Noe Valley Voice October 2000

Upper Noe Dog Run Passes Muster for Most

By Heidi Anderson

After three months of trial running, the Upper Noe dog run appears to be a compromise that will work.

The entire field, also known as Day Street Park, also contains a youth baseball diamond and space for soccer or football practice. The park reopened in mid-July after almost a year of repairs. While everyone waited, neighbors snarled at each other over future off-leash dog use. Bones of contention were dog feces, urine damage on the grass, and equal access to the field.

When the field reopened, Rec and Park's Acting Supervisor Dan McKenna handed everyone a compromise: A fenced dog run would circle most of the field for exclusive use of off-leash dogs and their owners. The rest of the field was for humans only.

At a public meeting in June, McKenna promised the entire plan would be evaluated in 90 days.

Forty-eight days into the trial, things seem to be going well enough for dogs and athletes alike. Dog owners, though, would like a few adjustments.

"They have us trapped down here," says dog owner Joby Shinoff, who lives on Church Street near the park and organized the 110-member Day Park Dogs about a year ago to lobby for off-leash dog running on the field. He brings his dog Lilly to the run daily. "It'll be dark here in the evening soon, and we need lighting." Shinoff says he met with Rec and Park directors recently to discuss lights.

Neal Mosher walks his dog Edie to the run twice a day from his 30th Street home. He has used it since the day it opened in July. He feels the most important issue is overcrowding.

"You can tell right away when there are too many dogs here -- they get yappy. There was a fight here last night because there were just too many dogs. Eight to ten dogs should be the maximum."

Also, Mosher and Shinoff have already noticed some wear and tear on the turf, damage likely caused by foot and paw traffic. The grass is yellow and patchy in a large area of the run. Mosher feels the dead grass and bare patches are due to inconsistent watering in the dog-run corner of the field. He anticipates a muddy mess during the rainy season.

But others gathered at the run on a recent September evening were quick to point out the benefits of the new setup.

Barbara Lambert lives in Bernal Heights and comes about three times a week with her terrier Sparkle. "I know he's safe here because he'll run away if he's off-leash. Terriers have a tendency to explore, so I always need an enclosed place." She had been taking Sparkle to fenced areas in Golden Gate Park before Upper Noe opened. She prefers Upper Noe because it's closer to home.

Laidley Street resident Liza Finkelstein agrees with Lambert, adding, "The dogs are all right here, most of them are social." Finkelstein is an infrequent user of the run, having brought her dog only three times since it opened. "It seems to work well for dog owners and I'm all for it."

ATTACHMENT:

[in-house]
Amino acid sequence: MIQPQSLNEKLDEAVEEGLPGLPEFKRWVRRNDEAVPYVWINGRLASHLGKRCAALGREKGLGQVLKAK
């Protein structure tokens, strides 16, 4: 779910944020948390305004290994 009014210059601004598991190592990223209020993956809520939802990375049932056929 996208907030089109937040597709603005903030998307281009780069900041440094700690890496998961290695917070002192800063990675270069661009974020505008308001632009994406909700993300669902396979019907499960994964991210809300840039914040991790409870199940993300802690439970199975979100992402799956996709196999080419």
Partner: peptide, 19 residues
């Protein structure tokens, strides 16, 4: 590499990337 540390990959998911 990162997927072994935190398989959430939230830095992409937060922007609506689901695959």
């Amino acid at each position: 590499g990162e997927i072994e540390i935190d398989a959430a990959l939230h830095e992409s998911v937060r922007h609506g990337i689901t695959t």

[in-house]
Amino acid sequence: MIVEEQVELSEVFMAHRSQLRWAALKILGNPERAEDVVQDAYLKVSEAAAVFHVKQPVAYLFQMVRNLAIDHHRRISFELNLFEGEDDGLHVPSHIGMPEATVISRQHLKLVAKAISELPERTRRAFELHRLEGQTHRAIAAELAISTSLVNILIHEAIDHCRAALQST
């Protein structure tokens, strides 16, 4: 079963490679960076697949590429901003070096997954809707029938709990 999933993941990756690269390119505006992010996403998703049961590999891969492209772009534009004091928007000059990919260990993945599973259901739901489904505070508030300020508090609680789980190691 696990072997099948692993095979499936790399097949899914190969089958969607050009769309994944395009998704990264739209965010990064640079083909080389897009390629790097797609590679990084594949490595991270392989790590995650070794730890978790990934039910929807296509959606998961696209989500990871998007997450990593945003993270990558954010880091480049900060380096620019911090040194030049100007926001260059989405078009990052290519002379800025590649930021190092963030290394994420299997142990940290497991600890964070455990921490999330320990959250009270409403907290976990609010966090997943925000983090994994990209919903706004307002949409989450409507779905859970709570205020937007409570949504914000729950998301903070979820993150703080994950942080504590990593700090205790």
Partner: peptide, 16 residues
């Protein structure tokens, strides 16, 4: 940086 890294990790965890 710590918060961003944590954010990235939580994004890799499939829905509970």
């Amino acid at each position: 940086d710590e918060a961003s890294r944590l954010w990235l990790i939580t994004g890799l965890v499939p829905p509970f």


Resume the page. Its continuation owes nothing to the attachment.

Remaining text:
Several dog owners mentioned that the stretch of grass which runs parallel to the third base line had originally been regarded as useless because of its steep incline and relative distance from the larger "common area" at the other end of the run. But this strip along 30th Street has quickly become a place to exercise less-than-social dogs.

Upper Noe Recreation Center Director Chris Borg thinks the new arrangement is a success for humans as well.

"We have soccer practice here every afternoon, there's an organized neighborhood touch football game for adults here on weekends, and families are actually picnicking on the grass out there," Borg remarks. The Rec and Park youth baseball league will begin again in the spring and possibly Junior Giants Baseball after that.

And more importantly, she says, "Dogs now have access all the time to their park."

Still, Borg has received complaints that the athletic portion of the field is locked when a staff member is not on site. This means the baseball diamond and outfield area is inaccessible after 5 p.m. on Saturdays and occasionally closed all day on Sundays. She says the closing was Supervisor McKenna's decision and that the rule will be discussed at the neighborhood meeting. The dog run stays open 6 a.m. to 10 p.m. seven days a week.

"I think he wants to protect the new grass [on the athletic field] from improper use," she says.

Shinoff claims this means the staff doesn't trust dog owners to stay off the athletic field. Borg maintains it is for the safety of the entire neighborhood.

The promised meeting at the end of the 90-day trial has not been scheduled. McKenna had made it clear in June, however, that the meeting would focus on where the fence is located and not on whether the dog run will remain in place.

Mosher sums up the mood of dog owners as the trial nears its end. "This is better than nothing."